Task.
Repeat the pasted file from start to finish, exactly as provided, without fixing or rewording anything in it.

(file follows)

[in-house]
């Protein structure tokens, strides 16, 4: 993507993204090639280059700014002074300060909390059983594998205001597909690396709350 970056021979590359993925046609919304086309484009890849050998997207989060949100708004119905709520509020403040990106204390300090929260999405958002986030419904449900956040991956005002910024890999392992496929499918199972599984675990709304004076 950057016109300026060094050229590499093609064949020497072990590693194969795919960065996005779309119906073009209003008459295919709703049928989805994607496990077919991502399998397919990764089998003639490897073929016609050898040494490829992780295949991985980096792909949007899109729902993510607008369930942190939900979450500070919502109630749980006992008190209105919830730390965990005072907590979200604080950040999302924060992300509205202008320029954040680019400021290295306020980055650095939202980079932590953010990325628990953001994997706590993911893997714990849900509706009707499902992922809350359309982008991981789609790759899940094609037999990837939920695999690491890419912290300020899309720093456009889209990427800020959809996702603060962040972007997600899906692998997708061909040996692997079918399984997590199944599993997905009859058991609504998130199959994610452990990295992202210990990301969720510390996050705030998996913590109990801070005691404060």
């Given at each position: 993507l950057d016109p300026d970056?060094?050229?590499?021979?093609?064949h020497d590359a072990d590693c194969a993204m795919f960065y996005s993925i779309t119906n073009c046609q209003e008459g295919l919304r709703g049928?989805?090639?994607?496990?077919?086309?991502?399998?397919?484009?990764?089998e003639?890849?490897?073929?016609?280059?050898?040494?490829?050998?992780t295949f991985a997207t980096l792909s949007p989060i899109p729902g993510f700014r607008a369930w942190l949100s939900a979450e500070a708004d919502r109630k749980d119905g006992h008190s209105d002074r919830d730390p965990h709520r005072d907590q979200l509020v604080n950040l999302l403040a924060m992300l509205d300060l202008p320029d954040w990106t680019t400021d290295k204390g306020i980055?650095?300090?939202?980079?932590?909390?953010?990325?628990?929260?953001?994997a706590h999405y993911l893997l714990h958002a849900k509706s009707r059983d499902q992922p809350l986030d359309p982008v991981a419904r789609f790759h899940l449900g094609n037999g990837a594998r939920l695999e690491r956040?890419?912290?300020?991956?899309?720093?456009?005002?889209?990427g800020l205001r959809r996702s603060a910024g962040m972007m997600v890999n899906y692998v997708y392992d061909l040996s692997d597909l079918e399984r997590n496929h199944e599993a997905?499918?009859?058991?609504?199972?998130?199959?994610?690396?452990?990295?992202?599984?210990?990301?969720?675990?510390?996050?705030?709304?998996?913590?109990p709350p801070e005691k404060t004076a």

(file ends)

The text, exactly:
[in-house]
């Protein structure tokens, strides 16, 4: 993507993204090639280059700014002074300060909390059983594998205001597909690396709350 970056021979590359993925046609919304086309484009890849050998997207989060949100708004119905709520509020403040990106204390300090929260999405958002986030419904449900956040991956005002910024890999392992496929499918199972599984675990709304004076 950057016109300026060094050229590499093609064949020497072990590693194969795919960065996005779309119906073009209003008459295919709703049928989805994607496990077919991502399998397919990764089998003639490897073929016609050898040494490829992780295949991985980096792909949007899109729902993510607008369930942190939900979450500070919502109630749980006992008190209105919830730390965990005072907590979200604080950040999302924060992300509205202008320029954040680019400021290295306020980055650095939202980079932590953010990325628990953001994997706590993911893997714990849900509706009707499902992922809350359309982008991981789609790759899940094609037999990837939920695999690491890419912290300020899309720093456009889209990427800020959809996702603060962040972007997600899906692998997708061909040996692997079918399984997590199944599993997905009859058991609504998130199959994610452990990295992202210990990301969720510390996050705030998996913590109990801070005691404060």
């Given at each position: 993507l950057d016109p300026d970056?060094?050229?590499?021979?093609?064949h020497d590359a072990d590693c194969a993204m795919f960065y996005s993925i779309t119906n073009c046609q209003e008459g295919l919304r709703g049928?989805?090639?994607?496990?077919?086309?991502?399998?397919?484009?990764?089998e003639?890849?490897?073929?016609?280059?050898?040494?490829?050998?992780t295949f991985a997207t980096l792909s949007p989060i899109p729902g993510f700014r607008a369930w942190l949100s939900a979450e500070a708004d919502r109630k749980d119905g006992h008190s209105d002074r919830d730390p965990h709520r005072d907590q979200l509020v604080n950040l999302l403040a924060m992300l509205d300060l202008p320029d954040w990106t680019t400021d290295k204390g306020i980055?650095?300090?939202?980079?932590?909390?953010?990325?628990?929260?953001?994997a706590h999405y993911l893997l714990h958002a849900k509706s009707r059983d499902q992922p809350l986030d359309p982008v991981a419904r789609f790759h899940l449900g094609n037999g990837a594998r939920l695999e690491r956040?890419?912290?300020?991956?899309?720093?456009?005002?889209?990427g800020l205001r959809r996702s603060a910024g962040m972007m997600v890999n899906y692998v997708y392992d061909l040996s692997d597909l079918e399984r997590n496929h199944e599993a997905?499918?009859?058991?609504?199972?998130?199959?994610?690396?452990?990295?992202?599984?210990?990301?969720?675990?510390?996050?705030?709304?998996?913590?109990p709350p801070e005691k404060t004076a």